Wednesday, 26 September 2012

Ooohhh did you hear the wind last night? It's definitely turned autumnal around here- the leaves are changing to burnt orange and russet and there's a smoky smell to the air outside as the first fires are lit. In the garden this morning I noticed that our fig tree had two fruits hanging precariously. Yay for the fig tree I say! Imagine producing anything after the summer we've had...

This kind of weather calls for slightly spicy food. Today we had devilled mushrooms for lunch. This is a Hugh Fearnley-Whittingstall recipe from The River Cottage Meat Book and is for devilled kidneys originally. It's a fantastic kidney recipe but also works well with big juicy mushrooms. We also finished off the spicy chickpea soup I made the day before which warmed us from nose to toes.

Devilled Mushrooms
4 large field mushrooms, washed and sliced
1 tablespoon olive oil
small glass of sherry
1 tablespoon cider vinegar or white wine vinegar
1 teaspoon redcurrant jelly
few shakes Worcestershire sauce
pinch cayenne pepper
1 tablespoon mustard
1 tablespoon cream
salt and pepper

Heat the olive oil in a frying pan and add the mushrooms. Fry for a couple of minutes until the mushrooms have released some juices and then add the sherry. Let this bubble for a minute or two and then add the cider vinegar, the redcurrant jelly, the Worcestershire sauce, cayenne pepper and mustard. Stir to dissolve the redcurrant jelly and season with salt and pepper. Then add the cream and bubble the sauce for another minute or so-it should be reduced and glossy. Serve with  buttered toast. Serves two.
Some lovely autumn colours in the veg basket too. This morning the supermarket had an unusual knobbly flame coloured squash and some Irish grown blue skinned potatoes - Blue Danube- I can't wait to try them and also lovely cooking apples. I made Swedish Apple Cake with them using Rachel Allen's Cake book   (borrowed from the library). The kitchen was full of apple-y, cinnamon-y smells as the cake baked- it'll be delicious for pudding tonight!

Sunday, 23 September 2012

How does your garden grow? Well I'm not quite the 'Mary, Mary quite contrary' of nursery rhyme fame but I'm thinking I should be. The veg garden (ho, ho, my weed patch) has produced one or two decent dinners but not, alas, this time. Everything seems to be in miniature. Or eaten by caterpillars. Humph. Mind you I cannot claim to have gardened it, per se, merely sighed over it as one would over a slightly disobedient child. I slink back to the kitchen with my shameful handful. But there are four leeks (the width of my index finger) and so it is leek and smoked bacon risotto for supper tonight. Hurrah! A triumph out of a disaster- the story of my life.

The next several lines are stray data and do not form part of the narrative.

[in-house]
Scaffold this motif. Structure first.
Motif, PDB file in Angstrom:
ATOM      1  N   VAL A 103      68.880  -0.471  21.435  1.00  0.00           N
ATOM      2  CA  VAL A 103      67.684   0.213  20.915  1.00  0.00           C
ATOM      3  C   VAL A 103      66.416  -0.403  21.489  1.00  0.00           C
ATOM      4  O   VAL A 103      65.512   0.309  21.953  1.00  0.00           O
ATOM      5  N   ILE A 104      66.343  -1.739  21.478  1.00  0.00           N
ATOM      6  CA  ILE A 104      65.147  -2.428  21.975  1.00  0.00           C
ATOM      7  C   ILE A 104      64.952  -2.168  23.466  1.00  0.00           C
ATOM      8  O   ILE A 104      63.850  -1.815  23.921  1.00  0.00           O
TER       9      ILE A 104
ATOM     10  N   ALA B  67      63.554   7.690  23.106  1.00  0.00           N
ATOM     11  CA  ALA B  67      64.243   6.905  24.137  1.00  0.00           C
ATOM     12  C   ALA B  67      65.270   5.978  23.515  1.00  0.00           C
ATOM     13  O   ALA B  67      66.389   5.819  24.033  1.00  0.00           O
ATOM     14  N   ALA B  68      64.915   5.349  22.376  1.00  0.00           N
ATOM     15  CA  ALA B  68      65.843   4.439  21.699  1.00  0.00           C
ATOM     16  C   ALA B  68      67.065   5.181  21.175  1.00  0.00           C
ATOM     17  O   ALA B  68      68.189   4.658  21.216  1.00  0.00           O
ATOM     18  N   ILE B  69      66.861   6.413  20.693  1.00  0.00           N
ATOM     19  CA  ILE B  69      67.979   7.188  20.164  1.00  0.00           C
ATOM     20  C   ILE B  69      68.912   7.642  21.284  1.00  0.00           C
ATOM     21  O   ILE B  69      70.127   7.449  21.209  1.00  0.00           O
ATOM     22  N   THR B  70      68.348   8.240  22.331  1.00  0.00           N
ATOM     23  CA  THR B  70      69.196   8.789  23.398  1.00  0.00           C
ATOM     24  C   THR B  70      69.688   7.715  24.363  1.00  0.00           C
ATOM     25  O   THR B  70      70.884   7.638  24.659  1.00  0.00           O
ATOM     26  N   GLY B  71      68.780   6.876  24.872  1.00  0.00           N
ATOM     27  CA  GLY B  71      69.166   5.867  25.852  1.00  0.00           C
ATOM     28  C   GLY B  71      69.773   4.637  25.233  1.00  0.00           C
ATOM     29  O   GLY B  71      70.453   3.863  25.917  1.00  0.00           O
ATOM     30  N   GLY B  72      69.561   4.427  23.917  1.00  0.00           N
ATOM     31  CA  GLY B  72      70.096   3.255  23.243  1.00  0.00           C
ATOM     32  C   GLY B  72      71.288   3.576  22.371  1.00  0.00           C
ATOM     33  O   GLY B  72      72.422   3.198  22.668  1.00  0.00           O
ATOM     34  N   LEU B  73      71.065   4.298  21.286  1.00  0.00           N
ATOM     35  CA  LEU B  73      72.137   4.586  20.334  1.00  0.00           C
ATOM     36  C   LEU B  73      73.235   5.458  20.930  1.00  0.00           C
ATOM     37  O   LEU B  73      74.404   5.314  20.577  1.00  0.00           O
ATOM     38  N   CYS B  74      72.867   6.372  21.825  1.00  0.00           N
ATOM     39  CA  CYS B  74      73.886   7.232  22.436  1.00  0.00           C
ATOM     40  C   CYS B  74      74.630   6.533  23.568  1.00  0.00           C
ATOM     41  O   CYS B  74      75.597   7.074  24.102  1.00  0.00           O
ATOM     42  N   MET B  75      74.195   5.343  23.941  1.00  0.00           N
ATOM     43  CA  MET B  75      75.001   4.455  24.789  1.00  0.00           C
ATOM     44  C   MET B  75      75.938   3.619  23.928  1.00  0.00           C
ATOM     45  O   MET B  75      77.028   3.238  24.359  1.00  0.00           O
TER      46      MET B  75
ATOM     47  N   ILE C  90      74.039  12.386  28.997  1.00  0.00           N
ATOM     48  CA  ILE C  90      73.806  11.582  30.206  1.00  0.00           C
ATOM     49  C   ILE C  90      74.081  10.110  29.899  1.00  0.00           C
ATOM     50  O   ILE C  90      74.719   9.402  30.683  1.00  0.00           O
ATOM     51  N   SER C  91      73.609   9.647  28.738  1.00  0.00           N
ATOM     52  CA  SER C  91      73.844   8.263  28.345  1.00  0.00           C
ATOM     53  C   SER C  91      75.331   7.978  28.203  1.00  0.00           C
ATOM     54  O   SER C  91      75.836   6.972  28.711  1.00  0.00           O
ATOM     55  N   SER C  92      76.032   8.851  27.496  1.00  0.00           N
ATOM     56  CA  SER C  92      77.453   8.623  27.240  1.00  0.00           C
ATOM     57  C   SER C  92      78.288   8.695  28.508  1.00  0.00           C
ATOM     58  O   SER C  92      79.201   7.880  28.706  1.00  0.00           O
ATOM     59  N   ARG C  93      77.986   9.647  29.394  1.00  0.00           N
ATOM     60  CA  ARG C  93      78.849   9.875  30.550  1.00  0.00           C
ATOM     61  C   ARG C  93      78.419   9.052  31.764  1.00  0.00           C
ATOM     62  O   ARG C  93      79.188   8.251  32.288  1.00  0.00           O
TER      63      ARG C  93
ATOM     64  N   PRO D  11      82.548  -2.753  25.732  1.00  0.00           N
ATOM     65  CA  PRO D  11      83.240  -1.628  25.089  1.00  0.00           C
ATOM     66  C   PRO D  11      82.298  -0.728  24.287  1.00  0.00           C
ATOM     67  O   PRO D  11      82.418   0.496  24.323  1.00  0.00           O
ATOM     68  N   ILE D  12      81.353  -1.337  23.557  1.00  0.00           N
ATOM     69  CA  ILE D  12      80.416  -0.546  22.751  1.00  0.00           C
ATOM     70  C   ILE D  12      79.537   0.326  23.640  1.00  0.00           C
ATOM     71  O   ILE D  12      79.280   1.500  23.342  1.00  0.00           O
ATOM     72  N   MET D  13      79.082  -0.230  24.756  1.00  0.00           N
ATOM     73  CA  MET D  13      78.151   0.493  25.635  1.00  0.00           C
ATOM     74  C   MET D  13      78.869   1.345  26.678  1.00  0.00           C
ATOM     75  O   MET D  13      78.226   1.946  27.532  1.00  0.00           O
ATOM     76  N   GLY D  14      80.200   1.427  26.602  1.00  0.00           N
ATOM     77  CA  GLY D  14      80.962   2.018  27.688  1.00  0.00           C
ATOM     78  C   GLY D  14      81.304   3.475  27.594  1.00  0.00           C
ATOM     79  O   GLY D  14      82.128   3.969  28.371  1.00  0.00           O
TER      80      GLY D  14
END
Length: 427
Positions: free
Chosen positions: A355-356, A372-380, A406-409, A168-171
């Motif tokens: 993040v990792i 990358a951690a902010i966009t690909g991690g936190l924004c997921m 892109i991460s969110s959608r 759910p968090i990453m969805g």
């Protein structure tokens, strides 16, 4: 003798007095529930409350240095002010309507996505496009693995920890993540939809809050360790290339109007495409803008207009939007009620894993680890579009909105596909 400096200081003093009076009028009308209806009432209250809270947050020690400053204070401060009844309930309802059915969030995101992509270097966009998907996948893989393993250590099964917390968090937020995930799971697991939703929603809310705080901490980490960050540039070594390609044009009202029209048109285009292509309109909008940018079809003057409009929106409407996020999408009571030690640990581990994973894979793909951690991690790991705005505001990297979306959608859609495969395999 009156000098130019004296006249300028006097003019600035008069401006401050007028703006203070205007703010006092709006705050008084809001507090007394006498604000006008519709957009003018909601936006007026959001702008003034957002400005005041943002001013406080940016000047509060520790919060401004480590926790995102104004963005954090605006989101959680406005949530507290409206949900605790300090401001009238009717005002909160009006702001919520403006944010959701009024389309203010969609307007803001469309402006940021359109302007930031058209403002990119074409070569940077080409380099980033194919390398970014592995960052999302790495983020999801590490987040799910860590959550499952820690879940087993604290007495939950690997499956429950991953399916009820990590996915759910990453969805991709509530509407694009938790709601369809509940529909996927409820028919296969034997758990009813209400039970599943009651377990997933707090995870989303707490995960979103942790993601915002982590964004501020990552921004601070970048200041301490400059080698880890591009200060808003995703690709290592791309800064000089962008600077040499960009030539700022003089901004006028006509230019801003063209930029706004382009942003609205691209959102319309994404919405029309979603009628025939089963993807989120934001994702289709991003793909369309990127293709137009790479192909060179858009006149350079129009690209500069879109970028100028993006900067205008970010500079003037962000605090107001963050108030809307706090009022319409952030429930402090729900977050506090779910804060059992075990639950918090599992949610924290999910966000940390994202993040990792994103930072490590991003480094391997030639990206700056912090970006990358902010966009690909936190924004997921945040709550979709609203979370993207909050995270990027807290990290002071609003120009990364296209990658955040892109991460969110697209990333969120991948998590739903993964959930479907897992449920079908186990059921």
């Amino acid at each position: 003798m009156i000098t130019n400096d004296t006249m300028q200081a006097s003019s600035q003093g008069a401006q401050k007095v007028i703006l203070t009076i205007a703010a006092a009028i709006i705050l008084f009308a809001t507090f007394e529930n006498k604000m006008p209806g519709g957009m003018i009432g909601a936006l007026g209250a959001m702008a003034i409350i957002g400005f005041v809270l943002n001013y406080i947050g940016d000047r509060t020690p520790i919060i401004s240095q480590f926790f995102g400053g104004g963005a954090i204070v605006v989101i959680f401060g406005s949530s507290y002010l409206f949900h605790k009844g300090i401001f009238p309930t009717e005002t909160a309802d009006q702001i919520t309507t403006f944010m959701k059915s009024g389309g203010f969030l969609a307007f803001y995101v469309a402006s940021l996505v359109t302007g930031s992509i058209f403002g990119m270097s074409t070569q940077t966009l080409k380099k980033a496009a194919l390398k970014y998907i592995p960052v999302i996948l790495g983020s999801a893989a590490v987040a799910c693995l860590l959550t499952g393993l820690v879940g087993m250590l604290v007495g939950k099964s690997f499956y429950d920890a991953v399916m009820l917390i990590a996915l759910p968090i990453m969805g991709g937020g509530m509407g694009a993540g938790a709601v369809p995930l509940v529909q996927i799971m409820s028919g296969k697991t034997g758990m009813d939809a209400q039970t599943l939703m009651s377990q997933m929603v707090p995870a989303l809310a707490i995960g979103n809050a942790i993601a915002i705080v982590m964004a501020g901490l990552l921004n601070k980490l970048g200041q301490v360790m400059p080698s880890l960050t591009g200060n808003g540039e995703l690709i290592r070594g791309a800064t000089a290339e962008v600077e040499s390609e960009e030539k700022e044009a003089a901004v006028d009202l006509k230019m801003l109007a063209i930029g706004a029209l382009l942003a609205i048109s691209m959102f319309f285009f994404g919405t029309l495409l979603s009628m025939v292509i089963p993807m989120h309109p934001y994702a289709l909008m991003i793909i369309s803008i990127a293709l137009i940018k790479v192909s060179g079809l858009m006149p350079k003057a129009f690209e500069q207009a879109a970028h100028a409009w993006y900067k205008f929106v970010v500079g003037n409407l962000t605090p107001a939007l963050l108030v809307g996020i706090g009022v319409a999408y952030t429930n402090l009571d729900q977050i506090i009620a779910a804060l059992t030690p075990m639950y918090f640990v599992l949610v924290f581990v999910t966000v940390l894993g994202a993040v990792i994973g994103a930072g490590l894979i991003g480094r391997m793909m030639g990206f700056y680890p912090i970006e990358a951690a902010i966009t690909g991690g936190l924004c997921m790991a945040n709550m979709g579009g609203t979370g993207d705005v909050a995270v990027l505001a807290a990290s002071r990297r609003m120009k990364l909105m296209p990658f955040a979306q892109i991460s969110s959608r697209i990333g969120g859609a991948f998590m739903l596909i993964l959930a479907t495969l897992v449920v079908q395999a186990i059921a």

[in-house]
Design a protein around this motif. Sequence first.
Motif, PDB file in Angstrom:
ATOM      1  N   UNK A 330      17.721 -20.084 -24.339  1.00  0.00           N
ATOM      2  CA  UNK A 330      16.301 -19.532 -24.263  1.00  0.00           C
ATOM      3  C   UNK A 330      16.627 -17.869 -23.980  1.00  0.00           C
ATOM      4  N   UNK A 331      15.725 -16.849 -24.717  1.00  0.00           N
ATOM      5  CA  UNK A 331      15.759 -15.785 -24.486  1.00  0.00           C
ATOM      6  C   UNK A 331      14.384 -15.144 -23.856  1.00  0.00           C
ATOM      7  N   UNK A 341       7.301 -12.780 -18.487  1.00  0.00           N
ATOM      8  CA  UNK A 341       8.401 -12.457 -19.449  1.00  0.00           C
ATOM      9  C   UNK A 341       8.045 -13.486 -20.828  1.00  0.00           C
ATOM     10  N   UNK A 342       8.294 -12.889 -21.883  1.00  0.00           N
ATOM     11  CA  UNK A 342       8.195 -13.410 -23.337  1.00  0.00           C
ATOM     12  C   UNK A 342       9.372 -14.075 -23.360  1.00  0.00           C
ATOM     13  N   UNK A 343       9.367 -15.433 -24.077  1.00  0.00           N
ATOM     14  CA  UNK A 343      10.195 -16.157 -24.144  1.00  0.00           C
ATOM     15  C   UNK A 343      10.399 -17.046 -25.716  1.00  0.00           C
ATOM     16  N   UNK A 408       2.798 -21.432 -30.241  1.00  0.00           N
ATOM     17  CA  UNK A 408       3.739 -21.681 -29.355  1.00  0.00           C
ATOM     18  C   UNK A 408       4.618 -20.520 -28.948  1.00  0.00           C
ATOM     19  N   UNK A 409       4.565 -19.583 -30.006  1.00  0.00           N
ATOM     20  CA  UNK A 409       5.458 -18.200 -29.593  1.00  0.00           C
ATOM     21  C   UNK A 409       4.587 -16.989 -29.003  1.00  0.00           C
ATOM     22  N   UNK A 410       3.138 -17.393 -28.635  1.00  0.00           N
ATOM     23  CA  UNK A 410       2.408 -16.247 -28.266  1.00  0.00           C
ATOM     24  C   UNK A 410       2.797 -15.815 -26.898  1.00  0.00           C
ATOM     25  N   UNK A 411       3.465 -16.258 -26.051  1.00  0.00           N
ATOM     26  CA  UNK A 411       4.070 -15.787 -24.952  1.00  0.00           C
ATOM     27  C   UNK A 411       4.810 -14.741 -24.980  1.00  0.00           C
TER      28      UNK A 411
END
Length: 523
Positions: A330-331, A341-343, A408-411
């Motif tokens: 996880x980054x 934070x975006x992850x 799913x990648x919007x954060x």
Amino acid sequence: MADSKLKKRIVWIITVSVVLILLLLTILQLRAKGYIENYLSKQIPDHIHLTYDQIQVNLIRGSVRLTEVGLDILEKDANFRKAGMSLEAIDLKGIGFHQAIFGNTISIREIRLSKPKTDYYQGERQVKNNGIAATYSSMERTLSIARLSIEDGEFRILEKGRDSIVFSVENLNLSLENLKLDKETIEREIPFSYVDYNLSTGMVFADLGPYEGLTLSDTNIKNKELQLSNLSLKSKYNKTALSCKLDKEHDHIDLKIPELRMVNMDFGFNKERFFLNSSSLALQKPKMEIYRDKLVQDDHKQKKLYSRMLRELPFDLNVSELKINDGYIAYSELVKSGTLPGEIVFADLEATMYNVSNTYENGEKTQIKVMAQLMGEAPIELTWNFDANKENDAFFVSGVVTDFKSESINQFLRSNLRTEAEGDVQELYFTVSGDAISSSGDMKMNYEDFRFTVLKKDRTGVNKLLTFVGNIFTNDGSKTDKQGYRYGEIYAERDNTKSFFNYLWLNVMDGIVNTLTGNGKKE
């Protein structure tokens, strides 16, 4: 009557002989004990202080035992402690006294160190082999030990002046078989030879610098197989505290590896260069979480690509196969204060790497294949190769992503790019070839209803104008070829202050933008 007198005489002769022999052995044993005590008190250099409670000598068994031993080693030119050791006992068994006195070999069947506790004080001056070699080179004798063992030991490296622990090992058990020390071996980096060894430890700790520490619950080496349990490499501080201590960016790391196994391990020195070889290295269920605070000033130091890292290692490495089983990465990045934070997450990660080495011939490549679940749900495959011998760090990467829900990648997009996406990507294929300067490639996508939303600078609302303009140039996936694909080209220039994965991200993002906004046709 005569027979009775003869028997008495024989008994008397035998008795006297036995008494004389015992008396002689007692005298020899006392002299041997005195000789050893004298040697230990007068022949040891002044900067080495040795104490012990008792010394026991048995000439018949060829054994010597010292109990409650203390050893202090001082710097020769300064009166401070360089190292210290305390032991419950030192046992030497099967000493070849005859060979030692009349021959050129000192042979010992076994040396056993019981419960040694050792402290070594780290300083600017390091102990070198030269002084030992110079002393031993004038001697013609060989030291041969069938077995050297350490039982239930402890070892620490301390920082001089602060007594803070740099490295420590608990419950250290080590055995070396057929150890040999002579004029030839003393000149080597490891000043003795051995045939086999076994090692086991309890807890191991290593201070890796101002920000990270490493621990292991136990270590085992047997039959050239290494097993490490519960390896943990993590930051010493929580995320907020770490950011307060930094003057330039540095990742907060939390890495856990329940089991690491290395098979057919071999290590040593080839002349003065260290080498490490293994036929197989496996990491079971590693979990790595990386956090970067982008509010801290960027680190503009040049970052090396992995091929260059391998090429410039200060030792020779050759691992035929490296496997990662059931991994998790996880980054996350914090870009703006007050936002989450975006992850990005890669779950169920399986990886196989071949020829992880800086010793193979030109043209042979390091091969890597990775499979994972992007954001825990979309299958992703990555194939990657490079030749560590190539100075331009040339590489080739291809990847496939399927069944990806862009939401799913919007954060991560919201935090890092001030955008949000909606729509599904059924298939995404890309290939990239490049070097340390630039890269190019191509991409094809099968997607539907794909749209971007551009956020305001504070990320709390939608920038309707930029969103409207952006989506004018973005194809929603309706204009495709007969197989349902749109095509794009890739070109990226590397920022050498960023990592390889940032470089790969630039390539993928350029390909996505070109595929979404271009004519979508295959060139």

My quarterly issue of The Moth magazine came on Friday. It is a wonderful magazine- subtly designed and filled with poetry, fiction and art. Each page gives something insightful or thought provoking or shocking. And it's Irish, in the gentlest meaning of the word. It would make a wonderful gift-especially for loved ones who are far from home.
I recently made a horse to add to my vintage paper bunting- it was inspired by the Dala Horse of Swedish
culture. I love the worn wood, paint barely there, loved for generations. I imagine him tucked under a child's arm, the main character in a thousand childhood games, he speaks of love, the ultimate child's toy.
                                Wooden horse Lisa 1.jpg

Thursday, 20 September 2012

I have a wishlist- do you? It's a mixture of things that make me go weak at the knees, wobbly legged, heart fluttery, should I lie down-y. Thoughts of my wish list keep me going. Things to sigh over, to want, to wish for (even if I know I never will actually get them...) things that make it all okay. Here's something new on my wish list. Emma Franks calms me, makes me stop with her beautiful, dreamlike paintings. I love the soft palette, the gentleness, the clothes and those darling hats...
Oil on Canvas 62 x 122cms

If you are in Brighton, UK Emma will be at the Brighton Art Fair this September- go and say hello!

Monday, 17 September 2012

Oh, I'm very excited!! Mark Hearld's new book is going to be re-leased in October and I can't wait! I love his style and this promises to give an insight into his work, his thought process and inspiration. It all just sets my little heart a pitter patter...Go here for more details.

mark hearld work book cover2
It was a quiet enough weekend. Will and Mide came blackberry picking with me. They loved the whole process of looking for berries and carefully pulling them, avoiding the scratchy briars and trying not to squish them too much.Will made sure to leave enough for the insects and birds and foxes.There were also puddles to jump in which can only ever be a good thing, right? Anyway our haul amounted to little less than a pound in weight but it yielded one fine pot of blackberry and apple jam and some happy memories!